BIRMINGHAM, England (Reuters) – Polls declared Conservative leader David Cameron the winner yesterday of a final TV debate before next week’s British election, giving him a boost going into the closing stages of the campaign.
At the start of a debate focused on the economy, Prime Minister Gordon Brown mocked himself for a high-profile campaign gaffe and stressed his record, trying to convince voters he was the man to secure future economic growth.
Britain’s three main political leaders, Brown, Cameron and Liberal Democrat Nick Clegg, went into the debate with surveys regularly showing that unless one of them delivers a knockout punch no party will win an outright parliamentary majority.
A Yougov poll for the top-selling Sun newspaper asking respondents who had won last night’s debate put Cameron on 41 percent, Clegg on 32 percent and Brown on 25 percent.
A ComRes poll for broadcaster ITV found 35 percent thought Cameron had won, against 33 percent for Clegg and 26 percent for Brown. A Populus survey for the Times newspaper put Cameron and Clegg neck-and-neck on 38 percent and Brown on 25 percent. An ICM poll for the Guardian newspaper was the only one not to rank Brown in last place, putting him second behind Cameron.
“It was Cameron’s best performance of the three debates and he won it narrowly from Nick Clegg,” said Simon Lee, politics lecturer at Hull University.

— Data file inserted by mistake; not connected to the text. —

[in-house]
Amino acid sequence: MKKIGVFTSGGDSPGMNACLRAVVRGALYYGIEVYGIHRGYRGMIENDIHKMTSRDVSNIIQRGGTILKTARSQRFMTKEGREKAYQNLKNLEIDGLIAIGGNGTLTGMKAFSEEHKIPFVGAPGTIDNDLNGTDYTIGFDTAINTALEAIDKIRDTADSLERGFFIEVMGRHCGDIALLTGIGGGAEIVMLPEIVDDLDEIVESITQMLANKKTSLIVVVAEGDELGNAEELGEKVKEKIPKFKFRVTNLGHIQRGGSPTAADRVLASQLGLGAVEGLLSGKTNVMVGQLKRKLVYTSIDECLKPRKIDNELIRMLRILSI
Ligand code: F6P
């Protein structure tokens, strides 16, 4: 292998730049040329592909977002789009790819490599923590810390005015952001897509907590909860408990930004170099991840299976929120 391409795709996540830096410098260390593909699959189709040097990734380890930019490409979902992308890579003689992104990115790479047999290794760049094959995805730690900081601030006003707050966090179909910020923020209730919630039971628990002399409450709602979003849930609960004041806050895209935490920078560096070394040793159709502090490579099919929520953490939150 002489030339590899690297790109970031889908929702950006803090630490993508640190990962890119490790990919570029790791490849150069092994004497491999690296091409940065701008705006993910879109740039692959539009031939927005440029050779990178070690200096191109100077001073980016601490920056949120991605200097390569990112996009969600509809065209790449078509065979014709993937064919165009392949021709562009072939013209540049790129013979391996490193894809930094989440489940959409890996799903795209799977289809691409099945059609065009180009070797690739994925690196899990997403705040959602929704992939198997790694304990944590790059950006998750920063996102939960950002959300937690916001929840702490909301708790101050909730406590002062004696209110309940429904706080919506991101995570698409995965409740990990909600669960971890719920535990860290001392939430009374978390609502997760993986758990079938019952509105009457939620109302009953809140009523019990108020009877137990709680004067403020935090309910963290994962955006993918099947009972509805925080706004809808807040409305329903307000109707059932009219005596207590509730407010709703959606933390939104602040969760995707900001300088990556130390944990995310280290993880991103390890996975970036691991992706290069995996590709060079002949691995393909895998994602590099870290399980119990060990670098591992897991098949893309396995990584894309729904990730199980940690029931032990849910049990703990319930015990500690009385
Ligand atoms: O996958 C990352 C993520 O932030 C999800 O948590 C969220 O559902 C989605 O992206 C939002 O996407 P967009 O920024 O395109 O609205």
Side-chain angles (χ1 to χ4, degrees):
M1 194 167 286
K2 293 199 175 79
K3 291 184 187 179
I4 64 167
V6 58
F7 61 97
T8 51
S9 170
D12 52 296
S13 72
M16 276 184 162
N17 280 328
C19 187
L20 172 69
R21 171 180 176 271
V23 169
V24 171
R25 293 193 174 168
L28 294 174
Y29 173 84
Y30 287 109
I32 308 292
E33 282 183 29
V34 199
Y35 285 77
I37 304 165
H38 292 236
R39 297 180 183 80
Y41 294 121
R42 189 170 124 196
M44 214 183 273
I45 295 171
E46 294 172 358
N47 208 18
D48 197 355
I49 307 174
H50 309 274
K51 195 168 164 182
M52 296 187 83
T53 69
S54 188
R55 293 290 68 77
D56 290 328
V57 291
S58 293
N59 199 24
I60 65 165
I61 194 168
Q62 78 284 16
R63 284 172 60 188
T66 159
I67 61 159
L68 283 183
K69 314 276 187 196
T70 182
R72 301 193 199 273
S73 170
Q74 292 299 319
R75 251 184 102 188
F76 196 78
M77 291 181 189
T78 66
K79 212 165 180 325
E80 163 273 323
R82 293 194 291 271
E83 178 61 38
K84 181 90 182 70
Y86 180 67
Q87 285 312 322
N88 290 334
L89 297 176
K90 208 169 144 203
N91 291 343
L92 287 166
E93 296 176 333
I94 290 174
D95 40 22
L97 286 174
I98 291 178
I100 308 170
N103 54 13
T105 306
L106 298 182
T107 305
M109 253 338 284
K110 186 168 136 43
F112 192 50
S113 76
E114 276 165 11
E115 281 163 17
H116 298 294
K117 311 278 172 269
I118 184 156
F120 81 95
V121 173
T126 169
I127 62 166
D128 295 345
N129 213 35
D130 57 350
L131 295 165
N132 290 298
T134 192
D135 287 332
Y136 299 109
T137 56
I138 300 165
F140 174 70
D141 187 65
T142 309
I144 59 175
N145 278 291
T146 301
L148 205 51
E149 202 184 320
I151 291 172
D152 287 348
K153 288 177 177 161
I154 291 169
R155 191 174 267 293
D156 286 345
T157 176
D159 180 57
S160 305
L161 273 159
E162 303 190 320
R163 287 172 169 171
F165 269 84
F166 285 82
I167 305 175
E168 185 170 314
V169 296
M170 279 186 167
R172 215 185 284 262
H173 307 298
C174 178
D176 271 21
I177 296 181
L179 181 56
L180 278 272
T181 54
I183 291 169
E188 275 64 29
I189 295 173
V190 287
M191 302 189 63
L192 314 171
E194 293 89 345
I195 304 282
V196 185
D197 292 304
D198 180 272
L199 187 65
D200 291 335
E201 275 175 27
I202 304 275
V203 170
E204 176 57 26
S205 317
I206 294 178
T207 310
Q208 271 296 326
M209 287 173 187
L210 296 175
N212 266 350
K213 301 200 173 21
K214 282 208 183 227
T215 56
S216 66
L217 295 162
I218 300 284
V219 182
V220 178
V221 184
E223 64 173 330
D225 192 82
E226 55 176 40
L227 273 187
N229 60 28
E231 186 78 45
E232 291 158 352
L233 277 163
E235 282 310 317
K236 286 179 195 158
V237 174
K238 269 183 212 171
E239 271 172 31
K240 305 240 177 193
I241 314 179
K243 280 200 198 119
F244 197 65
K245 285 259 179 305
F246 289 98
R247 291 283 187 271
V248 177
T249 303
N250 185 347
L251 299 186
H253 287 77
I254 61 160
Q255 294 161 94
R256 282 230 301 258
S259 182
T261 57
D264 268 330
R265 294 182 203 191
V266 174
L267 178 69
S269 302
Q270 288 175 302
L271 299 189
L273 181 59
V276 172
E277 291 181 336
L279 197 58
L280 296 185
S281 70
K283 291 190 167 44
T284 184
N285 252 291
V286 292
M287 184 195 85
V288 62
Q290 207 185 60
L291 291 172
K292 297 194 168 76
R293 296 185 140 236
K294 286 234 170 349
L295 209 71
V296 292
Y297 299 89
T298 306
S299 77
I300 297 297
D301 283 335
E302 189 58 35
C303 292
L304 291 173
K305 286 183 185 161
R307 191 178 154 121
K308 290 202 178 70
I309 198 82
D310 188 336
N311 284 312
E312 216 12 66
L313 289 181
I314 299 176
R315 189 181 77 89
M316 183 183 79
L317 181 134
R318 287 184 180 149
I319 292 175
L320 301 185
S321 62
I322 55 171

The run-up to the debate was overshadowed by a blaze of bad publicity for Brown after he was caught by a lapel microphone calling a supporter of his Labour Party “bigoted” on Wednesday.
Earlier polls yesterday suggested the incident had not seriously dented Labour support ahead of the May 6 election.
Brown, finance minister for a decade before he took over as prime minister in 2007, swiftly acknowledged his mistake. He warned the Conservatives’ plan to cut a record budget deficit this year risked plunging the country back into recession.
“There’s a lot to this job and as you saw yesterday I don’t get all of it right,” he said. “But I do know how to run the economy in good times and in bad. When the banks collapsed I took immediate action to stop the crisis becoming a calamity and the recession becoming a depression.” The economy is a key election issue as Britain struggles with sluggish growth and a deficit running at more than 11 percent of GDP.
Three US-style television debates, the first in British politics, have dominated campaigning, raising the profile of Clegg, whose party has in the past been in third place.
For weeks surveys have put the Conservatives in the lead but predict the Liberal Democrasts will grab enough votes to deny both traditional main parties an overall majority, an outcome not seen since 1974.